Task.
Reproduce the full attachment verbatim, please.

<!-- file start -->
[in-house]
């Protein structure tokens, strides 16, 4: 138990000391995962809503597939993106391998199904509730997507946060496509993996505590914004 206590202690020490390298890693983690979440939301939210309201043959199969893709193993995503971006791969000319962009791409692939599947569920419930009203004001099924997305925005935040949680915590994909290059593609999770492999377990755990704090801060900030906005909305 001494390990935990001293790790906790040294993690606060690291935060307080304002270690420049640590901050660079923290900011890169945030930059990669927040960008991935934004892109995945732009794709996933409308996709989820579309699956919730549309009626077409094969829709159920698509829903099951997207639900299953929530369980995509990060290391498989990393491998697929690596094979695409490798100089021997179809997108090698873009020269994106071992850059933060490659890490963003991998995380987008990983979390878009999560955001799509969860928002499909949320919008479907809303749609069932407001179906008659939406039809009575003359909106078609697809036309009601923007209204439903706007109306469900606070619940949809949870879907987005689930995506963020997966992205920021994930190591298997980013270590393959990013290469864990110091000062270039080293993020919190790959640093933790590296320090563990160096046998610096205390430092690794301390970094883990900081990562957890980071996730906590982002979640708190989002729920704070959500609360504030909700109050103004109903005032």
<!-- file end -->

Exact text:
[in-house]
């Protein structure tokens, strides 16, 4: 138990000391995962809503597939993106391998199904509730997507946060496509993996505590914004 206590202690020490390298890693983690979440939301939210309201043959199969893709193993995503971006791969000319962009791409692939599947569920419930009203004001099924997305925005935040949680915590994909290059593609999770492999377990755990704090801060900030906005909305 001494390990935990001293790790906790040294993690606060690291935060307080304002270690420049640590901050660079923290900011890169945030930059990669927040960008991935934004892109995945732009794709996933409308996709989820579309699956919730549309009626077409094969829709159920698509829903099951997207639900299953929530369980995509990060290391498989990393491998697929690596094979695409490798100089021997179809997108090698873009020269994106071992850059933060490659890490963003991998995380987008990983979390878009999560955001799509969860928002499909949320919008479907809303749609069932407001179906008659939406039809009575003359909106078609697809036309009601923007209204439903706007109306469900606070619940949809949870879907987005689930995506963020997966992205920021994930190591298997980013270590393959990013290469864990110091000062270039080293993020919190790959640093933790590296320090563990160096046998610096205390430092690794301390970094883990900081990562957890980071996730906590982002979640708190989002729920704070959500609360504030909700109050103004109903005032």